Devil is in the details

Published November 24, 2023
The writer completed his doctorate in economics on a Fulbright scholarship.
The writer completed his doctorate in economics on a Fulbright scholarship.

AS China recently celebrated 10 years of the Belt and Road Initiative, the mood remained sombre in Beijing largely because the “strategic competition” between China and the US has grown increasingly intense in the last few years.

The origins of this rivalry can be traced back to 2011, when president Obama was prevailed upon by China hawks to ‘Pivot to Asia’. At the time, US foreign policy experts argued that containing China required a long-term partnership with India as the two democracies not only shared common values, but India’s emergence as an economic and security anchor would also provide the necessary counterweight to China’s expansionary ambitions.

Predictably, in 2015, the Obama administration, pinning its hopes on India, declared that the US relationship with India “will be one of the defining partnerships of the 21st century”. It appears that US foreign policy experts might be in for a disappointment.

Earlier this year, Jake Sullivan, the US national security adviser, argued that since previous strategy had not been able to ensure American economic hegemony, a “new Washington Consensus” was required.

In other words, rapidly losing economic ground to China, the US would now employ the state in generating economic growth, something it had shunned in the era of markets-driven globalisation.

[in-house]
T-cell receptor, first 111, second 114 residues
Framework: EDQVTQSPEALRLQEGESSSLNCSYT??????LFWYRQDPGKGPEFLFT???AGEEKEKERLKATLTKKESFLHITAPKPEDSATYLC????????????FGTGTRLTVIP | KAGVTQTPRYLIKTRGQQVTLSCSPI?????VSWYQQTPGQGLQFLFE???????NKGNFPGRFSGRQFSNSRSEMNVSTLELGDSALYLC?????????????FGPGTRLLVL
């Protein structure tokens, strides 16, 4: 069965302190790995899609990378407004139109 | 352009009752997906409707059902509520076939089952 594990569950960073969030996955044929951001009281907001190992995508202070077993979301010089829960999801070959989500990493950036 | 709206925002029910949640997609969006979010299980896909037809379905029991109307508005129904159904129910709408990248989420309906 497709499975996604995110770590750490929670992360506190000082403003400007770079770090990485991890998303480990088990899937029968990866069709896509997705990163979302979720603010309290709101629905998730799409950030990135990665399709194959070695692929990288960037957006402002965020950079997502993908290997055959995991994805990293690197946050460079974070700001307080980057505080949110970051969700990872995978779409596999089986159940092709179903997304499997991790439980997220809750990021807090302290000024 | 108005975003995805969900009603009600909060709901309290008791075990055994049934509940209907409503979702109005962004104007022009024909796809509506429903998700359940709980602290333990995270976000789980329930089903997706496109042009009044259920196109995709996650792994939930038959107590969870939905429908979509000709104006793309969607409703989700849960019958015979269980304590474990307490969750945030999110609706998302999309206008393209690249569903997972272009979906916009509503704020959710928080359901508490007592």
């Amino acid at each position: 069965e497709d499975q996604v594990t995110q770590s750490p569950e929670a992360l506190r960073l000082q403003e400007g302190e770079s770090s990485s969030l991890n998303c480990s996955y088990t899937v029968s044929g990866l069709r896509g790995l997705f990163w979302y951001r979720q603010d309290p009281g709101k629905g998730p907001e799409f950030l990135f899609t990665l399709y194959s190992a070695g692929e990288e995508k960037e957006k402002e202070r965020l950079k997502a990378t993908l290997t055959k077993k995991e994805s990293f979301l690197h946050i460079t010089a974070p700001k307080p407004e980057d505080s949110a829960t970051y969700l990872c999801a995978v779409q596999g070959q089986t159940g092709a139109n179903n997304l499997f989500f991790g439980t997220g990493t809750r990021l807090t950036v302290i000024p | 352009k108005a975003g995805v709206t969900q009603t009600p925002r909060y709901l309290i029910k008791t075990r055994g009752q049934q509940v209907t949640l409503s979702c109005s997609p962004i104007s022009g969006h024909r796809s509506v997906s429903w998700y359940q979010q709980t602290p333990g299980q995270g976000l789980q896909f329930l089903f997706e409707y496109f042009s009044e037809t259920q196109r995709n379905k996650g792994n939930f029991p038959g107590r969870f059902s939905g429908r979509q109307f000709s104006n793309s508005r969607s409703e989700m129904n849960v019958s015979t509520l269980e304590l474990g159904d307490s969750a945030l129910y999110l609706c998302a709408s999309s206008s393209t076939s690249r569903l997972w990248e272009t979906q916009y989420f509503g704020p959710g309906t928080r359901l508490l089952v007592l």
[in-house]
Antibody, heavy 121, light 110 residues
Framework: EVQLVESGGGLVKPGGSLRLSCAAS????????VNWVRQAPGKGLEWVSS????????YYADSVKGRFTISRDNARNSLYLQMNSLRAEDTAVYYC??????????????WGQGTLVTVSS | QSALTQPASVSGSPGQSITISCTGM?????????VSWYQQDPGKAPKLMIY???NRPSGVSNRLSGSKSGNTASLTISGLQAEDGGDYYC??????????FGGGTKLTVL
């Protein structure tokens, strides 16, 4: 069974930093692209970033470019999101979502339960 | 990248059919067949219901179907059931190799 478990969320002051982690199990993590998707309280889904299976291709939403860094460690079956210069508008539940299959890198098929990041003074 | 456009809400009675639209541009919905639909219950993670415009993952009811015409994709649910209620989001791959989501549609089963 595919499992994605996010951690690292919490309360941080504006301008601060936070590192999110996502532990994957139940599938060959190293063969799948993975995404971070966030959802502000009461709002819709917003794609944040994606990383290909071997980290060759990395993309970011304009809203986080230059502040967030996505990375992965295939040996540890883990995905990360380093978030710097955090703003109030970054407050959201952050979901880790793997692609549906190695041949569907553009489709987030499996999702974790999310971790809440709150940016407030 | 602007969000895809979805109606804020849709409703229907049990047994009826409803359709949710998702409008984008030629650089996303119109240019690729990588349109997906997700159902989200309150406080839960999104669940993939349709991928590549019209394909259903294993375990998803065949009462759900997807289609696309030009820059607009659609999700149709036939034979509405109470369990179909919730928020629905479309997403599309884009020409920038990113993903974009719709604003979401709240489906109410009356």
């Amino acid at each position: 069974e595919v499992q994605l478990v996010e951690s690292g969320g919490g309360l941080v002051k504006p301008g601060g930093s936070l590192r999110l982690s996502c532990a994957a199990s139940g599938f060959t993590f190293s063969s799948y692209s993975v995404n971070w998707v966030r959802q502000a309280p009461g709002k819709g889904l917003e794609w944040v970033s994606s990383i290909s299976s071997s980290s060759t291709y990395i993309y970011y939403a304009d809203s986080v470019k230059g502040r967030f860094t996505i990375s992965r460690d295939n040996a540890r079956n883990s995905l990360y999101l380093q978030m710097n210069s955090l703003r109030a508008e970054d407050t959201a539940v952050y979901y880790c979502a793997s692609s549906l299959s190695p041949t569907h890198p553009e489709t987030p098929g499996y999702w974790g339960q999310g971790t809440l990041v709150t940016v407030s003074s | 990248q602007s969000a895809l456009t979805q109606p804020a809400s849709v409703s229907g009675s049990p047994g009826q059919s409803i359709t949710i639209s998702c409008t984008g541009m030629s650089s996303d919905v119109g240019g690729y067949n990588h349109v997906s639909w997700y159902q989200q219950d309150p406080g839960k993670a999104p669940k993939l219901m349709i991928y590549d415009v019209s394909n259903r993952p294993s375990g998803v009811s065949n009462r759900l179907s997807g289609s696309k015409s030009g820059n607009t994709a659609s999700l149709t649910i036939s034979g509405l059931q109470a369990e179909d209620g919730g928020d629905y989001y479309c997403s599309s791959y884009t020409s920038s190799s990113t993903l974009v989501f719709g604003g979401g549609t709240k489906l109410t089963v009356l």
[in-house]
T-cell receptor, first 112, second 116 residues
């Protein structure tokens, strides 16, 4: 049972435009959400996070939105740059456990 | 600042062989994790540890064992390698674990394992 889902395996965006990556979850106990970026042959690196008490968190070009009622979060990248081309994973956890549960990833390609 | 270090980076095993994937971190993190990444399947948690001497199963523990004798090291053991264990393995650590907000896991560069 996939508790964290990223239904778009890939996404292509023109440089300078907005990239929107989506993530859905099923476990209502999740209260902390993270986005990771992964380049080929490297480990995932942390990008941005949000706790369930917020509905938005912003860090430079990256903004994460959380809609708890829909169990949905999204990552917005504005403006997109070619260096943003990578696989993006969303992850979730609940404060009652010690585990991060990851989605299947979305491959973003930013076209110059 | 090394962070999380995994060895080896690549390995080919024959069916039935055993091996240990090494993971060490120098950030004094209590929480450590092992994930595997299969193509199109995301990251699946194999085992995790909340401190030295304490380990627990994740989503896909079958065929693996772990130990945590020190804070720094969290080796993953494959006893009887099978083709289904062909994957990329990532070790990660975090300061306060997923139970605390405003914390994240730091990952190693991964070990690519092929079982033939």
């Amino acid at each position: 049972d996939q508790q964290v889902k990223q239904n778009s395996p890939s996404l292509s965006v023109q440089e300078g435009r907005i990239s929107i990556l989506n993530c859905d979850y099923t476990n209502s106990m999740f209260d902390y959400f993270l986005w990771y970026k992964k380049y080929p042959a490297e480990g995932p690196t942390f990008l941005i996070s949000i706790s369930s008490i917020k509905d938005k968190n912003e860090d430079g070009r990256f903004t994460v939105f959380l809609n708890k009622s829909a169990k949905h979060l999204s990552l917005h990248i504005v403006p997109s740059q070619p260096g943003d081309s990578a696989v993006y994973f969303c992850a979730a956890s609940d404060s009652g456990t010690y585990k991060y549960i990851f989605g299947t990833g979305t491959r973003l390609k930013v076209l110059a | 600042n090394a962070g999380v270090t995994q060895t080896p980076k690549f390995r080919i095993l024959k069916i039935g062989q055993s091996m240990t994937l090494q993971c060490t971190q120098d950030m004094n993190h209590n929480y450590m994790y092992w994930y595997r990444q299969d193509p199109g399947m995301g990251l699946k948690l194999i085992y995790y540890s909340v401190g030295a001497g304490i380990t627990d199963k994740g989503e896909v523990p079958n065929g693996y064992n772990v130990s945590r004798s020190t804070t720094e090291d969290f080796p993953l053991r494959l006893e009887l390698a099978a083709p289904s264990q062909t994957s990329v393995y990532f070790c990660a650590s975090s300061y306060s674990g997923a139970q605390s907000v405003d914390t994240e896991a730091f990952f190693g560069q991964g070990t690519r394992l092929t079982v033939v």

Since this new economic strategy is driven by competition from China, there were echoes of the old idea of using India as a counterweight. Where the US has tried to hobble Chinese progress in the semiconductor industry, Sullivan identified India as one of its ‘partners’ in taking its semiconductor industry forward.

It seems that India and China have much to learn from each other.

American reliance on India for developing future technologies makes good economic sense as the numbers ostensibly are in India’s favour. Where the World Bank and Western media outlets are consistently reporting a growth slowdown in China — 4.4 per cent, the slowest since 1990 — India is powering ahead with an expected growth of 6.3pc this year.

Global investors are said to be taking their money out of China and investing it in India. Where the Chinese economy, purportedly, faces cyclical and structural headwinds — property crisis, low export growth, geopolitics — India’s economy is riding high on cyclical and structural tailwinds.

Sustained economic growth has also enabled India to increase its military spending by 50pc from $49.6 billion in 2011 to $76.6bn in 2021, according to the Stockholm International Peace Research Institute, making India the third biggest military spender, surpassing Russia and the UK.

India’s political system also appears sturdier than China’s. Domestically, China has not found a way to formally institutionalise democracy. This could turn out to be a stumbling block given that China needs to find a way to sustain the relationship between a communist state and a capitalist economy.

In contrast, India achieved this milestone a long time ago by consolidating democracy despite being one of the world’s poorest countries.

Given such stellar performance, have Chinese policymakers overlooked the existential challenge from India? Were US experts correct in pinning their hopes on India as the next Asian hegemon?